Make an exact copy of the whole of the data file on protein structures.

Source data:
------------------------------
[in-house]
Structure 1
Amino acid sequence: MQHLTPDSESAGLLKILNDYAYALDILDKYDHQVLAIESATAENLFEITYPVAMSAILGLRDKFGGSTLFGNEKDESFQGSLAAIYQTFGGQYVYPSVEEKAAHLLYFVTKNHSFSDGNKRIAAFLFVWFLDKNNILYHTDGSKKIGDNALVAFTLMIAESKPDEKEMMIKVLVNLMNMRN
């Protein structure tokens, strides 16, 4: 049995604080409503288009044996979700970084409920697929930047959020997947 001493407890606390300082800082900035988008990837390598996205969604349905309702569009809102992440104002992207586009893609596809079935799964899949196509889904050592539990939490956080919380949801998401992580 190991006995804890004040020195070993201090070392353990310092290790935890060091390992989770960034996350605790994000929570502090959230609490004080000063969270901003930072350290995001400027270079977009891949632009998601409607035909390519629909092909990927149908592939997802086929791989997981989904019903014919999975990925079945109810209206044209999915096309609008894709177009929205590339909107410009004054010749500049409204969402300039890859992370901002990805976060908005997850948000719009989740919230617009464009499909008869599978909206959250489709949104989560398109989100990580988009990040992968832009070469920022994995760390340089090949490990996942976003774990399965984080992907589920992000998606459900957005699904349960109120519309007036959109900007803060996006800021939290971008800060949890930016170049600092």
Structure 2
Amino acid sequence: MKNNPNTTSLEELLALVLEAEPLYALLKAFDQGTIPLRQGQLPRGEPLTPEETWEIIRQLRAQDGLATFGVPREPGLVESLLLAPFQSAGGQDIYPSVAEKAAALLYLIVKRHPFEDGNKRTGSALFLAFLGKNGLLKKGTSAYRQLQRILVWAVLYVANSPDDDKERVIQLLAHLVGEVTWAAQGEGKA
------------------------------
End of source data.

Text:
[in-house]
Structure 1
Amino acid sequence: MQHLTPDSESAGLLKILNDYAYALDILDKYDHQVLAIESATAENLFEITYPVAMSAILGLRDKFGGSTLFGNEKDESFQGSLAAIYQTFGGQYVYPSVEEKAAHLLYFVTKNHSFSDGNKRIAAFLFVWFLDKNNILYHTDGSKKIGDNALVAFTLMIAESKPDEKEMMIKVLVNLMNMRN
């Protein structure tokens, strides 16, 4: 049995604080409503288009044996979700970084409920697929930047959020997947 001493407890606390300082800082900035988008990837390598996205969604349905309702569009809102992440104002992207586009893609596809079935799964899949196509889904050592539990939490956080919380949801998401992580 190991006995804890004040020195070993201090070392353990310092290790935890060091390992989770960034996350605790994000929570502090959230609490004080000063969270901003930072350290995001400027270079977009891949632009998601409607035909390519629909092909990927149908592939997802086929791989997981989904019903014919999975990925079945109810209206044209999915096309609008894709177009929205590339909107410009004054010749500049409204969402300039890859992370901002990805976060908005997850948000719009989740919230617009464009499909008869599978909206959250489709949104989560398109989100990580988009990040992968832009070469920022994995760390340089090949490990996942976003774990399965984080992907589920992000998606459900957005699904349960109120519309007036959109900007803060996006800021939290971008800060949890930016170049600092």
Structure 2
Amino acid sequence: MKNNPNTTSLEELLALVLEAEPLYALLKAFDQGTIPLRQGQLPRGEPLTPEETWEIIRQLRAQDGLATFGVPREPGLVESLLLAPFQSAGGQDIYPSVAEKAAALLYLIVKRHPFEDGNKRTGSALFLAFLGKNGLLKKGTSAYRQLQRILVWAVLYVANSPDDDKERVIQLLAHLVGEVTWAAQGEGKA